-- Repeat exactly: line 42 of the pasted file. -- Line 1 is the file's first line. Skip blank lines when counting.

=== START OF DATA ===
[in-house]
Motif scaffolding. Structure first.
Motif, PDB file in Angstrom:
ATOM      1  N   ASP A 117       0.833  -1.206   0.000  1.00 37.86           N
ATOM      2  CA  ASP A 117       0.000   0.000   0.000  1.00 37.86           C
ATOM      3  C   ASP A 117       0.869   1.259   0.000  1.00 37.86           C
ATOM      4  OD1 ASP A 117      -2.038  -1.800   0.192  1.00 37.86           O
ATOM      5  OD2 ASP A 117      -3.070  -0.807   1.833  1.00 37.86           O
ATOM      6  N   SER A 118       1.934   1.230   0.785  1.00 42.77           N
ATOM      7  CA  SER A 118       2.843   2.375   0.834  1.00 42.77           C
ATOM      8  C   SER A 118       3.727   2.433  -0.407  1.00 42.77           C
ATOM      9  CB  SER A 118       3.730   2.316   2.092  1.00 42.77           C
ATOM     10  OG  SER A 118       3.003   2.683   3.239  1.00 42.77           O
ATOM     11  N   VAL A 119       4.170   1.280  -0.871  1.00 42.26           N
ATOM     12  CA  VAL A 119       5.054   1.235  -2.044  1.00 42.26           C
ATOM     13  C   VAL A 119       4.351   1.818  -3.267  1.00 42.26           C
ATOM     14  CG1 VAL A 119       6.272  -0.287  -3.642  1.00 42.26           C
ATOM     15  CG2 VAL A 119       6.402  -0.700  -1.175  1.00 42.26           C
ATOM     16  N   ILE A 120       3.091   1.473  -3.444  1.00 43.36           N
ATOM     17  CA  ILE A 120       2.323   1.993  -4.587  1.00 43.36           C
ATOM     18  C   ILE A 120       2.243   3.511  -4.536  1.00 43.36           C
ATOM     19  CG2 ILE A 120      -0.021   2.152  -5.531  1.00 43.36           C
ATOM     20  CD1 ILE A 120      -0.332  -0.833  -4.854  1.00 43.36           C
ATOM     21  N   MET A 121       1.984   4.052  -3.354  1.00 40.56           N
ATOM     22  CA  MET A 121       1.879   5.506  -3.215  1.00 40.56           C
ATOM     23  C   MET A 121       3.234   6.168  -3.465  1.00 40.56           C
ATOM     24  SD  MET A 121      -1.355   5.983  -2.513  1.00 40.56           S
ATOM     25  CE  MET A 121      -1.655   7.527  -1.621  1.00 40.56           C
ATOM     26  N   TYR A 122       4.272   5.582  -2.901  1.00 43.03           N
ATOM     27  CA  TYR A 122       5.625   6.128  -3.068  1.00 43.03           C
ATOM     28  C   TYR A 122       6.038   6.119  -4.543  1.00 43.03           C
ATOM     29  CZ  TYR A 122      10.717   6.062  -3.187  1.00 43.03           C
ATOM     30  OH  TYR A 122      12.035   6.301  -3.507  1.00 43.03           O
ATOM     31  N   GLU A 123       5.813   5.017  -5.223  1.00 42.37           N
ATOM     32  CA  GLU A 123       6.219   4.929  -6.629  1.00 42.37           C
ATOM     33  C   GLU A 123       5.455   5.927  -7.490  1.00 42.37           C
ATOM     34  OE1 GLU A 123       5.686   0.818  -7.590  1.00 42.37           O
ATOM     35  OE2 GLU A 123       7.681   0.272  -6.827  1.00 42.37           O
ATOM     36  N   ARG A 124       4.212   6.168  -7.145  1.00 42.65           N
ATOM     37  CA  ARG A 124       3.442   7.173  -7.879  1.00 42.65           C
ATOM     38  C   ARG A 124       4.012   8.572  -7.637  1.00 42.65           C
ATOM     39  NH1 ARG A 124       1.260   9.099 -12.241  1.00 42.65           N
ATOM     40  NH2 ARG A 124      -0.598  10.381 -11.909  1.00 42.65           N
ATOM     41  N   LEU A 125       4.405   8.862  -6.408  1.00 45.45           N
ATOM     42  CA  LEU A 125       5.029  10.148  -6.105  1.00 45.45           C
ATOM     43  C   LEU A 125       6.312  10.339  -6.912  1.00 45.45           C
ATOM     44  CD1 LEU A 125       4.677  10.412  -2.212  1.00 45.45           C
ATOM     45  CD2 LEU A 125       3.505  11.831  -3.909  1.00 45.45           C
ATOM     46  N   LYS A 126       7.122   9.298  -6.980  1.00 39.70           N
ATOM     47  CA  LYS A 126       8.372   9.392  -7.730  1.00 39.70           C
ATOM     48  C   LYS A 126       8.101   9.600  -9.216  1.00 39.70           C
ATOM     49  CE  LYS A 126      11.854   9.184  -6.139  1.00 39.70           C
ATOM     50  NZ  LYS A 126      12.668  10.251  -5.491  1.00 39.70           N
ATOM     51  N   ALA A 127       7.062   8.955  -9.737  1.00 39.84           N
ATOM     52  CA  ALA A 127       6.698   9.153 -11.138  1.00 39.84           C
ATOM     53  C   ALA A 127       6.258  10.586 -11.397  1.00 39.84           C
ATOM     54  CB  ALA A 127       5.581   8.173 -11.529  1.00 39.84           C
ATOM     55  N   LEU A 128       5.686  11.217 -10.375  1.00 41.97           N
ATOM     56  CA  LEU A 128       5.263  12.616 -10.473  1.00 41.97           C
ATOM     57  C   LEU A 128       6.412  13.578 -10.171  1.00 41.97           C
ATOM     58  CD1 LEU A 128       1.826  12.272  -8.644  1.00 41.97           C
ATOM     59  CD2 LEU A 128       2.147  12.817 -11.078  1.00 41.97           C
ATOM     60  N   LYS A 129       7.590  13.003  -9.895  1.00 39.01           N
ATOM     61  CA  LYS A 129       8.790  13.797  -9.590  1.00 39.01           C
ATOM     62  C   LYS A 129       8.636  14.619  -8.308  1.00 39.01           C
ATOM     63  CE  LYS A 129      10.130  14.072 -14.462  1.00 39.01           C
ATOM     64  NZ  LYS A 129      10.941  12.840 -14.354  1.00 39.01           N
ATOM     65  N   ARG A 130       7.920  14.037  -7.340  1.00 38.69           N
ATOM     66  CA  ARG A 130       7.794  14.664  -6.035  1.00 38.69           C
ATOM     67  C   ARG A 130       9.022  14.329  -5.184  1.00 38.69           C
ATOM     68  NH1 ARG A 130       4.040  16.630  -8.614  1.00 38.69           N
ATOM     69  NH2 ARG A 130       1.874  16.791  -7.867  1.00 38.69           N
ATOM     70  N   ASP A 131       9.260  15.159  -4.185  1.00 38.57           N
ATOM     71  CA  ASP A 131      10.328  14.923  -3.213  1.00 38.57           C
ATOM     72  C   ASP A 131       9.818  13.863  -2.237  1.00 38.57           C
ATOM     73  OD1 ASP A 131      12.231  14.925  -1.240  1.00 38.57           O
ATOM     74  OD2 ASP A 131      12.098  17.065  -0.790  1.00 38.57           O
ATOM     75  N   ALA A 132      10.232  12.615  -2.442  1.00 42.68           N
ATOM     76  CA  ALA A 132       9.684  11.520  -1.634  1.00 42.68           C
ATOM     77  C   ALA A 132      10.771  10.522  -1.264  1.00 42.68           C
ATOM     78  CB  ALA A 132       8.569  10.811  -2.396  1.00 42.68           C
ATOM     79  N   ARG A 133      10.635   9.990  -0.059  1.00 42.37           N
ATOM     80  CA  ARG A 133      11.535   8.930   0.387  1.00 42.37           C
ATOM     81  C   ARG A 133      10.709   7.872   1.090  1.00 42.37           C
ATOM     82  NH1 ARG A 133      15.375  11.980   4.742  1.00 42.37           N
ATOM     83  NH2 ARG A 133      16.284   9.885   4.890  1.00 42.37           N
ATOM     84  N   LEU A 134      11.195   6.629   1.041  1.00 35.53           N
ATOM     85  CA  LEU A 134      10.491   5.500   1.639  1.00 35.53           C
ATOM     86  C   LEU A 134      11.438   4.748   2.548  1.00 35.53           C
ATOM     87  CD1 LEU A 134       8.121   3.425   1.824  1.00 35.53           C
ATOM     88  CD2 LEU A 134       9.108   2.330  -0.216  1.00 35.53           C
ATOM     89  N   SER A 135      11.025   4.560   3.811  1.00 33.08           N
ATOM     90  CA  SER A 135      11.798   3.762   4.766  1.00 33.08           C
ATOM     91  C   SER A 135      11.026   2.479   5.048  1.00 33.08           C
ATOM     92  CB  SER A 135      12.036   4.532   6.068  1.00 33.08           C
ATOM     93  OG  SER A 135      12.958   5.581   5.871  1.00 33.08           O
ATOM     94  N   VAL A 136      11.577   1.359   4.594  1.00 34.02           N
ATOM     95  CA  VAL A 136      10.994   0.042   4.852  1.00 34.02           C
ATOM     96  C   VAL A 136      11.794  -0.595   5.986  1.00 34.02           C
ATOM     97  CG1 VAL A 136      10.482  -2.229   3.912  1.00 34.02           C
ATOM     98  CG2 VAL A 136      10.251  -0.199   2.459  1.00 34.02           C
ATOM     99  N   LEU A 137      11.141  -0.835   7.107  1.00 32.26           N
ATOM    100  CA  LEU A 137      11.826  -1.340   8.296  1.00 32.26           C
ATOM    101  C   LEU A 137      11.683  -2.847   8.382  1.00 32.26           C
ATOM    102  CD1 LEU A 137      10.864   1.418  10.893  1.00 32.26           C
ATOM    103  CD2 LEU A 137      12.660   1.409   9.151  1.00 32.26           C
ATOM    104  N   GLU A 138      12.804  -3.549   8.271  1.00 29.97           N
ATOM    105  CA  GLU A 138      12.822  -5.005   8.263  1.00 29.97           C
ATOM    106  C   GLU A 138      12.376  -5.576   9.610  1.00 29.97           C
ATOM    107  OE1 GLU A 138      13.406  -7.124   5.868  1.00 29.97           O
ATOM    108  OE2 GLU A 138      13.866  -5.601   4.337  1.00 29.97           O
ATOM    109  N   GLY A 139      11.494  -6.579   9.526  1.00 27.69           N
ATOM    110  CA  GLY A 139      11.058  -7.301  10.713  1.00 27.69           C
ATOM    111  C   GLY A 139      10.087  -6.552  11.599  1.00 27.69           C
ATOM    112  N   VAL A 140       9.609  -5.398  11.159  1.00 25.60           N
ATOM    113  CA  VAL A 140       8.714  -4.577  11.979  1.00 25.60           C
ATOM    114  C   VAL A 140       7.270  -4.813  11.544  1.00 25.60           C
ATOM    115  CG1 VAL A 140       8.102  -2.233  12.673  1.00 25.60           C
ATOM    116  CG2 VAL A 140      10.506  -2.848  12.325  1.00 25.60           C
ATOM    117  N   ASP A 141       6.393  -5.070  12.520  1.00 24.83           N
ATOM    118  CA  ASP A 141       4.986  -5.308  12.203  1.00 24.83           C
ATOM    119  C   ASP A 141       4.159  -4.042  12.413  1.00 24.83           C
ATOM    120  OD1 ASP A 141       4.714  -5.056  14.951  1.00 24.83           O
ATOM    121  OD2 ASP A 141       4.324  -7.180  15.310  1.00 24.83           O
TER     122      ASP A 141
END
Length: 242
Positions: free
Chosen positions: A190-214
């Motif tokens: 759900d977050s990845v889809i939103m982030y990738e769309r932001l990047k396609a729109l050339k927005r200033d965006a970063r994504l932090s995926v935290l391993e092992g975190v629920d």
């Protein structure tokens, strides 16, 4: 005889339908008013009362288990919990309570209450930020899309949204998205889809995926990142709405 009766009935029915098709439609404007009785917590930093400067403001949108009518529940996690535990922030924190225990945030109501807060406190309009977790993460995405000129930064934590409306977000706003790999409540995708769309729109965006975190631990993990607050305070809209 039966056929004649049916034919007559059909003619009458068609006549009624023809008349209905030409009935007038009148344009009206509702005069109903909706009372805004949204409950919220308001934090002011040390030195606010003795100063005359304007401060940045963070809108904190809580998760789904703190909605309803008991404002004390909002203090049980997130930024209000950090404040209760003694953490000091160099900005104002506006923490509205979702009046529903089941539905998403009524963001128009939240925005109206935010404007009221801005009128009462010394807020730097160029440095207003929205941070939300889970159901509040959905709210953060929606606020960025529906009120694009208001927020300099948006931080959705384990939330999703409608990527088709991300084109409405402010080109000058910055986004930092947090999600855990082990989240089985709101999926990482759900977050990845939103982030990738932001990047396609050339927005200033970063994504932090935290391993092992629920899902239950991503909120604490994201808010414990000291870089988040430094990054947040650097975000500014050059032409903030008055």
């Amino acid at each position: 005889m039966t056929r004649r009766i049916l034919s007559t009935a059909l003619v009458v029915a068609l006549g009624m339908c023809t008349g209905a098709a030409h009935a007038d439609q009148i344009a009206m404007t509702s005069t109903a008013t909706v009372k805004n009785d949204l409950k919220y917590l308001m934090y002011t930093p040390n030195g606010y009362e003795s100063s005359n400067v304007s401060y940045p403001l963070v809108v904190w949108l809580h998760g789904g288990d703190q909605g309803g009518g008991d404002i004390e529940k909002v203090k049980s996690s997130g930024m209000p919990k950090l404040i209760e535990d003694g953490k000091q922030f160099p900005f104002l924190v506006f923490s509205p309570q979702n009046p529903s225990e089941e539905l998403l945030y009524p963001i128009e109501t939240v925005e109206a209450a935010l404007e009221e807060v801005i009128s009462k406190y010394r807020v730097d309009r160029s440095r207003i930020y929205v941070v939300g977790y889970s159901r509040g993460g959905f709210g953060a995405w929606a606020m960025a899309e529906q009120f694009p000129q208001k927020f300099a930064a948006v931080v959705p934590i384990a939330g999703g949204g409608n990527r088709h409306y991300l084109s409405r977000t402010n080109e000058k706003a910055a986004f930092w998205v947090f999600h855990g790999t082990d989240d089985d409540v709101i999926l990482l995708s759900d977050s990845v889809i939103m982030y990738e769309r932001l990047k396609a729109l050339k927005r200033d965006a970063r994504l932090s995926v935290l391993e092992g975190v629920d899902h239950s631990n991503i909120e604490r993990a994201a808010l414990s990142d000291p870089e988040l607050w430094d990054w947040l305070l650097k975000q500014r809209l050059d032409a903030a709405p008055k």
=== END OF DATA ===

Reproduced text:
ATOM     39  NH1 ARG A 124       1.260   9.099 -12.241  1.00 42.65           N